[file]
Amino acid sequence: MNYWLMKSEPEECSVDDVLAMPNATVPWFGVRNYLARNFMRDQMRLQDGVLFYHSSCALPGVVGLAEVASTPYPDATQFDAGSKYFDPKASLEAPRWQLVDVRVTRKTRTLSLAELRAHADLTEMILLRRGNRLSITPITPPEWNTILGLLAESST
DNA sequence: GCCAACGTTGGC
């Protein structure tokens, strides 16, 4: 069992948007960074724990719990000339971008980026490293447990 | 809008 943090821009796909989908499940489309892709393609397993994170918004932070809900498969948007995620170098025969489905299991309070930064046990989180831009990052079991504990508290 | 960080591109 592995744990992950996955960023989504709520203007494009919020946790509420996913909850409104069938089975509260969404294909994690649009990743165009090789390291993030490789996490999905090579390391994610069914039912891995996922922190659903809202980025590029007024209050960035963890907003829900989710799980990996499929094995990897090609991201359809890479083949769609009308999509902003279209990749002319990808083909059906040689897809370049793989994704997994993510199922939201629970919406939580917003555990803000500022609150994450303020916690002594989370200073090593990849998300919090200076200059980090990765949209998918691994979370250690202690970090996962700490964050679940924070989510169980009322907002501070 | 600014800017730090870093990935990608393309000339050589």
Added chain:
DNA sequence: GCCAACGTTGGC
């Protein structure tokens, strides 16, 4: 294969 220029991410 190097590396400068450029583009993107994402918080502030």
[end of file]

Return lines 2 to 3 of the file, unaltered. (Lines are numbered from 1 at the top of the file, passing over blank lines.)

DNA sequence: GCCAACGTTGGC
């Protein structure tokens, strides 16, 4: 069992948007960074724990719990000339971008980026490293447990 | 809008 943090821009796909989908499940489309892709393609397993994170918004932070809900498969948007995620170098025969489905299991309070930064046990989180831009990052079991504990508290 | 960080591109 592995744990992950996955960023989504709520203007494009919020946790509420996913909850409104069938089975509260969404294909994690649009990743165009090789390291993030490789996490999905090579390391994610069914039912891995996922922190659903809202980025590029007024209050960035963890907003829900989710799980990996499929094995990897090609991201359809890479083949769609009308999509902003279209990749002319990808083909059906040689897809370049793989994704997994993510199922939201629970919406939580917003555990803000500022609150994450303020916690002594989370200073090593990849998300919090200076200059980090990765949209998918691994979370250690202690970090996962700490964050679940924070989510169980009322907002501070 | 600014800017730090870093990935990608393309000339050589």